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Knowing What You Don't Know (Advanced Discussion)

Opening Icebreaker – Sharing what you don’t know.

Directions: Choose a subject that you do not know much about and complete the following two sentences:

1 - “I can’t speak intelligently about…. (Name subject)

2 - “The only thing I know about (Subject) is…”

For example:

1- “I can’t speak intelligently about Quantum Physics.”

2- “The only thing I know about Quantum Physics is that it involves really smart scientists studying small things like electrons.”

Before the next person takes their turn, the counselor should ask the group if anyone knows about the chosen topic (In this example, quantum physics). If someone in the group wants to volunteer to say a few things that they know about the topic, that person may provide some BRIEF facts (one minute or less, keeping it short, a few sentences only, to keep the group flowing) Afterward, continue again with the next person picking a new topic.

Repeat giving everyone in the group a chance to share something they do now know much about

When the icebreaker is complete: Discuss as a group:

Why is it important to know what you don’t know?

Knowing what you don't know is a critical aspect of self-awareness and effective decision-making, especially in the field of substance use and mental health recovery. Here's why it's important:

Humility: Recognizing our limitations and areas of ignorance fosters humility. In counseling, humility shows that we are open to learning and growing. (Humility is freedom from excessive pride or arrogance)

> Discuss: How does humility help promote positive growth in a person in recovery? (Keep in mind that humility involves being teachable)

Honesty: Being aware of your knowledge gaps is essential for honest communication. It prevents us from providing inaccurate or misleading information to others, which can be harmful for our recovery and growth.

> Discuss: Why is honesty important if the goal is positive change and self-improvement?

Insight and Self-Awareness: Instead of assuming you have all the answers, you can focus on your own self-discovery and empowerment.

> Discuss: Why do we need insight and self-awareness to be able to effectively change and grow?

Effective Decision-Making: Understanding what we don't know enables us to make more informed decisions. It prevents overconfidence and encourages seeking additional information, insights, or expertise when necessary. It helps us to avoid rash judgments or flawed conclusions based on incomplete understanding.

> How important is decision-making when it comes to substance use and mental health recovery? How about when it comes to life in general?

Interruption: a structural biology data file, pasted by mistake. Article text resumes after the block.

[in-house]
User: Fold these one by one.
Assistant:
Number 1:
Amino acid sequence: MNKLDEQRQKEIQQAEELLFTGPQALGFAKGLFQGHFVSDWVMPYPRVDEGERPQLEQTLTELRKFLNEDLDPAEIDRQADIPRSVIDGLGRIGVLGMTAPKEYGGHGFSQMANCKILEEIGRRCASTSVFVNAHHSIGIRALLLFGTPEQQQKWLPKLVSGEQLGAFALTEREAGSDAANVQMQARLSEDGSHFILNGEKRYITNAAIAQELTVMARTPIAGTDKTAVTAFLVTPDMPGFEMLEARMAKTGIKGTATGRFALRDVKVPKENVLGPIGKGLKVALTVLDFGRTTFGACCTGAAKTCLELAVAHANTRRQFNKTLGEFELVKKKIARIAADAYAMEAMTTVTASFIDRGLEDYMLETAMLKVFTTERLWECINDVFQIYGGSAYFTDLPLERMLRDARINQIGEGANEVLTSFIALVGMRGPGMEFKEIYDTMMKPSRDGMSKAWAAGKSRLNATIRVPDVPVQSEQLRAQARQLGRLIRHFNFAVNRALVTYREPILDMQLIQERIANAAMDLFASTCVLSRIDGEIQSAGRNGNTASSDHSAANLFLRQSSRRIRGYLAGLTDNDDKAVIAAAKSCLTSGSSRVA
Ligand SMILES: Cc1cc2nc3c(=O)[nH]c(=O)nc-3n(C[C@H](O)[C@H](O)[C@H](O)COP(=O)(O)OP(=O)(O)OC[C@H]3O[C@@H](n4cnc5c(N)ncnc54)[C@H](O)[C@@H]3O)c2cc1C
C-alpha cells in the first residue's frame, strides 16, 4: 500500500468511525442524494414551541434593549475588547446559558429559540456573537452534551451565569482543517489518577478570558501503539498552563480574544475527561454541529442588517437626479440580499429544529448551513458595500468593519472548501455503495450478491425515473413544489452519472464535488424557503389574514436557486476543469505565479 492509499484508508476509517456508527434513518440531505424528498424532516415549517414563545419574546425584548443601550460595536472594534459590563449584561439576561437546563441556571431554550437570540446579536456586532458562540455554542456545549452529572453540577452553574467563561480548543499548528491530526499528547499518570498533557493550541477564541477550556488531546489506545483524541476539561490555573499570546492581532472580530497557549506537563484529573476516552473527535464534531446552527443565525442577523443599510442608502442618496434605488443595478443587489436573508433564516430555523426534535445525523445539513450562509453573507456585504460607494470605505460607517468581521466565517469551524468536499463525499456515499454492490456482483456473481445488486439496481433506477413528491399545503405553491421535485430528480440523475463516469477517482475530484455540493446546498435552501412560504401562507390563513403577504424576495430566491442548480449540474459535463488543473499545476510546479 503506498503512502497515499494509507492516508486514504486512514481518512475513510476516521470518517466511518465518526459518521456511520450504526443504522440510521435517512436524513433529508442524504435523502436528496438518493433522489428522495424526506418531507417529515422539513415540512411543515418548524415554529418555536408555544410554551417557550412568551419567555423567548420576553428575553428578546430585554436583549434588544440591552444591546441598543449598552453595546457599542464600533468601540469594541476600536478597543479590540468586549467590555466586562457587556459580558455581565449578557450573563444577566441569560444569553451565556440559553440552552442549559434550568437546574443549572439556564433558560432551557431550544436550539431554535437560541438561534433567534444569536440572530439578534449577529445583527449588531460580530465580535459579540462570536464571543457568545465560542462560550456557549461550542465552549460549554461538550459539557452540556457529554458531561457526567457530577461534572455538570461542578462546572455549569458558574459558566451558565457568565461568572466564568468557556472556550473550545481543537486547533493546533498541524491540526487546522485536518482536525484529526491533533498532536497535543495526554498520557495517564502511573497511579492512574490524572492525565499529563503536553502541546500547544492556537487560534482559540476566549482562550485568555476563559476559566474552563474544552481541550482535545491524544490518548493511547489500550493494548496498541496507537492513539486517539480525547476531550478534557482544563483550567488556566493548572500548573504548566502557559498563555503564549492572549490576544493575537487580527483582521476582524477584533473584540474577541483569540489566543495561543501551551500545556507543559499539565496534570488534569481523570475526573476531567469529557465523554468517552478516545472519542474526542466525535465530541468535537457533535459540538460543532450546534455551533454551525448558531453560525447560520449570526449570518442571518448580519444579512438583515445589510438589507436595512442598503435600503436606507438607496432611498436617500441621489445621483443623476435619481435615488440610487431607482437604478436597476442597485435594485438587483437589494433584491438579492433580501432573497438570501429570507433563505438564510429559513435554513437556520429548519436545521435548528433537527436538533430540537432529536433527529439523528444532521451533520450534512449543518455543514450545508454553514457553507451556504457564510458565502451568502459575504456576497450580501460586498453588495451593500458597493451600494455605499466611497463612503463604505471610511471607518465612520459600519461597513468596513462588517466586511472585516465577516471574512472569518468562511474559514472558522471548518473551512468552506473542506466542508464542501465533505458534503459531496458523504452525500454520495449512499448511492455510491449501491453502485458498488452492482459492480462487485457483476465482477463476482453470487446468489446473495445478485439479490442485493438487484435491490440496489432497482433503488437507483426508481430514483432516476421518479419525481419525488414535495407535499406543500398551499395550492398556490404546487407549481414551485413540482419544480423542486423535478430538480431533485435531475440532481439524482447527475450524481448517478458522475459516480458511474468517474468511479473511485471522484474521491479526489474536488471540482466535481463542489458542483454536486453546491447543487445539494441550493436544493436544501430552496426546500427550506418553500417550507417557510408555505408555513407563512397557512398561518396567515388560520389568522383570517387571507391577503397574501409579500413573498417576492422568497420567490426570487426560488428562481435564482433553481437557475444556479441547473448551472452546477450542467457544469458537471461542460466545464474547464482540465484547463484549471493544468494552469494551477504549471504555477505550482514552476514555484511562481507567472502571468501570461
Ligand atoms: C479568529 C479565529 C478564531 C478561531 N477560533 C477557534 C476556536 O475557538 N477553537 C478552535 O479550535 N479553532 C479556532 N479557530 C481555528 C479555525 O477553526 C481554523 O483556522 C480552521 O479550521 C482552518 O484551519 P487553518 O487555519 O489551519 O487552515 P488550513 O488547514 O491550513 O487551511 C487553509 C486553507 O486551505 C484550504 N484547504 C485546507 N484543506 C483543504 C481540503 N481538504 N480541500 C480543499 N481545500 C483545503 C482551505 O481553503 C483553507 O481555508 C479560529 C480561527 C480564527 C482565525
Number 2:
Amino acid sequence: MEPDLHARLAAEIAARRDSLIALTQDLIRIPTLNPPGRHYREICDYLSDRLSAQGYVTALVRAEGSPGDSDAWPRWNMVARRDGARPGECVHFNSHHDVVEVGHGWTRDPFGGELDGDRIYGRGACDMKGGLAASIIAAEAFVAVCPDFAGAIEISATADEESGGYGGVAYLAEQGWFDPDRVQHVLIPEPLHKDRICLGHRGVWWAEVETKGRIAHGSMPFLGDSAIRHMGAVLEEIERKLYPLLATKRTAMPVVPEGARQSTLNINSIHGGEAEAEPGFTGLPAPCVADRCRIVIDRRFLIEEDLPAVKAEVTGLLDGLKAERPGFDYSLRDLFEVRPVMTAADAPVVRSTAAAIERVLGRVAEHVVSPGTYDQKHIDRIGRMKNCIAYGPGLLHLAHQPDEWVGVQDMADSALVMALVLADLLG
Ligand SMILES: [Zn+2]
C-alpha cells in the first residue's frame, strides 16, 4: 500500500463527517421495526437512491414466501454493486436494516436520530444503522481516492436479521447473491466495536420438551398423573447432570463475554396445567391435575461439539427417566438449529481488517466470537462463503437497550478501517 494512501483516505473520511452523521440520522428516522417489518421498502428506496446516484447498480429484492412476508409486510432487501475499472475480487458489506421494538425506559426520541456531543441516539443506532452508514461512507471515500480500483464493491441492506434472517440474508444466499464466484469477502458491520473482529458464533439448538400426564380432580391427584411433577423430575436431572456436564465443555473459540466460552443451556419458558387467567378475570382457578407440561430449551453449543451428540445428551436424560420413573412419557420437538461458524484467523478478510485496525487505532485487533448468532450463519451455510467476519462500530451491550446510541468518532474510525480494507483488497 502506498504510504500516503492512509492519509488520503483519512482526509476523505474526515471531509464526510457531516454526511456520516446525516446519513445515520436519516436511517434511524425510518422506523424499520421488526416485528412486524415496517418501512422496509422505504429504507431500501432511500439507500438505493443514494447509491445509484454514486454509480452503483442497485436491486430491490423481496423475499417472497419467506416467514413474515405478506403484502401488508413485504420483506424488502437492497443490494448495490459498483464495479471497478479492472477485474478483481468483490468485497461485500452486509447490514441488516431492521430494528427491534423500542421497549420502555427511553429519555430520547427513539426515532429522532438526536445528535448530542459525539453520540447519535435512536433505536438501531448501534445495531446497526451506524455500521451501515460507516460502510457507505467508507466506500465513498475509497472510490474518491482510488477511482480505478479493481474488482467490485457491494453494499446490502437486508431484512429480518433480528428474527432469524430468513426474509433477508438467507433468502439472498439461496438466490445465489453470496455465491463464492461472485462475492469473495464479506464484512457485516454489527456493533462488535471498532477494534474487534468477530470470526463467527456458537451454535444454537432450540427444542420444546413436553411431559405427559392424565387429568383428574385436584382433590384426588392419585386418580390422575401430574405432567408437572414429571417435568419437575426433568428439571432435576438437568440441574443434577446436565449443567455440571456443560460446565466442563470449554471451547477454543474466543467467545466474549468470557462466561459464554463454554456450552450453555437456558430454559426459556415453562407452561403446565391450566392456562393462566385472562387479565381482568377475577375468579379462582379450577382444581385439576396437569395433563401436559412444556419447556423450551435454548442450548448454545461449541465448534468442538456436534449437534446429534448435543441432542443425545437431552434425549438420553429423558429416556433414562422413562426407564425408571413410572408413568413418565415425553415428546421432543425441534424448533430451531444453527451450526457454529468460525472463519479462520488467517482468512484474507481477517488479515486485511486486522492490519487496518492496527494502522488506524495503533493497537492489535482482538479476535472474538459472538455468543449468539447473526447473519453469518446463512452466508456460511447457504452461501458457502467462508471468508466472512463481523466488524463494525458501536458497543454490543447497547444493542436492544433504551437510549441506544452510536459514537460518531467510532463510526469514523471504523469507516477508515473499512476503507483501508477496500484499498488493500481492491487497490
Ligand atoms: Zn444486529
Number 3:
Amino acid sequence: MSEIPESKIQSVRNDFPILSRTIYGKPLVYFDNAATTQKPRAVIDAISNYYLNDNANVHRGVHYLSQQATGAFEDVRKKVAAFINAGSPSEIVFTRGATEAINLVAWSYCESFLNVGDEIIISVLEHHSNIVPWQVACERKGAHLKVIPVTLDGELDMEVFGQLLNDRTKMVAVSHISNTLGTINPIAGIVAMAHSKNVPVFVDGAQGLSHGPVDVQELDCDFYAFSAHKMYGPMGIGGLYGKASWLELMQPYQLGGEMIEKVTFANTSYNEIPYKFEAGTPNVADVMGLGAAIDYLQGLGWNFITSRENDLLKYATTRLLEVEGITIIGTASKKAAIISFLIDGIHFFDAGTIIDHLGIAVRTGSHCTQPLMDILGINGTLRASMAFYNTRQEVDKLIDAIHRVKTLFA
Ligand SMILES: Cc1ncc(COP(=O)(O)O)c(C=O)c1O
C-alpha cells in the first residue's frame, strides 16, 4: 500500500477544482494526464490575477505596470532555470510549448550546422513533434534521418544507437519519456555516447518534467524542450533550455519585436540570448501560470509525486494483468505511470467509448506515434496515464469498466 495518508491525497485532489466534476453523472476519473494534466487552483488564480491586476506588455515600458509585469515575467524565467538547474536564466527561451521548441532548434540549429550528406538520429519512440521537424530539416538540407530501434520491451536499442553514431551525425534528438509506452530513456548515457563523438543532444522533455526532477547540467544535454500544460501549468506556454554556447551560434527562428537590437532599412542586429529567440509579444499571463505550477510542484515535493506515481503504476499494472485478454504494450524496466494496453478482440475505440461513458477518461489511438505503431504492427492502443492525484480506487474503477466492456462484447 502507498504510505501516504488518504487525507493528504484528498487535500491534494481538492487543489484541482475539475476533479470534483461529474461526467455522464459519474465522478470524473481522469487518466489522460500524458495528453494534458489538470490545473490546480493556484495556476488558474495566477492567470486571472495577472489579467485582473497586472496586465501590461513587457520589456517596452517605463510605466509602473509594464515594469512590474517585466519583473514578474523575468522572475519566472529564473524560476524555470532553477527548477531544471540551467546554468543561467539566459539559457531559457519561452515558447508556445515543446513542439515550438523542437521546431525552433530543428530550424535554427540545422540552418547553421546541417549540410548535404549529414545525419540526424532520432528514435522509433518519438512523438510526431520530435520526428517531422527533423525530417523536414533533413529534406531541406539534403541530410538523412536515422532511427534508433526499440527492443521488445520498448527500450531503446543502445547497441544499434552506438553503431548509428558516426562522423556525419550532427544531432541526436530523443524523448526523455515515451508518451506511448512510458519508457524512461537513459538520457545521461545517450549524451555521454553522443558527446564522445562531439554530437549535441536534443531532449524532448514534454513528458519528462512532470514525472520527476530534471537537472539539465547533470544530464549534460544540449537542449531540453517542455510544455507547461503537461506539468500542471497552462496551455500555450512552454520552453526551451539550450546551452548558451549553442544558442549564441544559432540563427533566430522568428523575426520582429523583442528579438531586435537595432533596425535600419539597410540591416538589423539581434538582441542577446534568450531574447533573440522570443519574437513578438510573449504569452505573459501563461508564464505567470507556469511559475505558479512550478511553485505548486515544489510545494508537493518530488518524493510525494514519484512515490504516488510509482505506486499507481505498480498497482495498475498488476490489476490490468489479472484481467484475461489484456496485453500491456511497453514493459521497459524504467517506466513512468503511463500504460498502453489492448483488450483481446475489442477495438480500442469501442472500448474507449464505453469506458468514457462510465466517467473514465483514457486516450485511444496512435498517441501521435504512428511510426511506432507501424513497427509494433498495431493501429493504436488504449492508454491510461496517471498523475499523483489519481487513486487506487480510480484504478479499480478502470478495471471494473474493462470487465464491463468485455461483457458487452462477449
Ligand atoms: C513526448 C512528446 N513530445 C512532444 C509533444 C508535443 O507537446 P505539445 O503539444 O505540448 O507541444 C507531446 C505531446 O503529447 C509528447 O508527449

Continuous Learning: In the recovery and positive change process, knowledge is constantly evolving. Acknowledging what we don't know encourages personal development and learning to stay updated with whatever changes, adjustments, and improvements we may need to work on.

> Why is it beneficial to approach life from a perspective or wanting to continuously keep learning?

Collaboration: When you're aware of your limitations, you're more likely to collaborate with peers. This increases the likelihood of building closer relationships and developing a strong support system.

> Everyone has surely heard the cliché “You can’t do it alone” – With that in mind, why is it important to be able to successfully communicate and collaborate with other people when dealing with substance use and/or mental health issues?

Avoiding Harm: Providing advice or interventions in areas where you lack expertise can lead to unintended harm. Recognizing your knowledge gaps helps you avoid causing harm to yourself and others. In other words, talking openly about things we do not know or understand can be dangerous as bad advice can have negative outcomes.

> What are some harmful outcomes you want to avoid?

Close out: Knowing what you don’t know to come up with future group topics:

When you know what you don’t know you can effectively ask for more information on topics that are important to recovery. What are some topics for future groups that you know that you need to learn more about? No need to answer these questions now, just check all that apply to you and what you “know that you don’t know”:

ð Do I need to learn about more about the overall process of recovery and what works for success?

ð Do I need to learn more about effectively avoiding setbacks and relapse?

ð Do I need to take time to learn more about myself and what motivates me?

ð Do I need to learn more about managing a mental health issue (like anxiety, anger, self-esteem, etc.)?

ð Do I need more coping skills?

Based on the idea of knowing what you don’t know, what are some other ideas for future groups based on things you know that you need to learn more about?


Knowing What You Dont Know II Advanced Discussion
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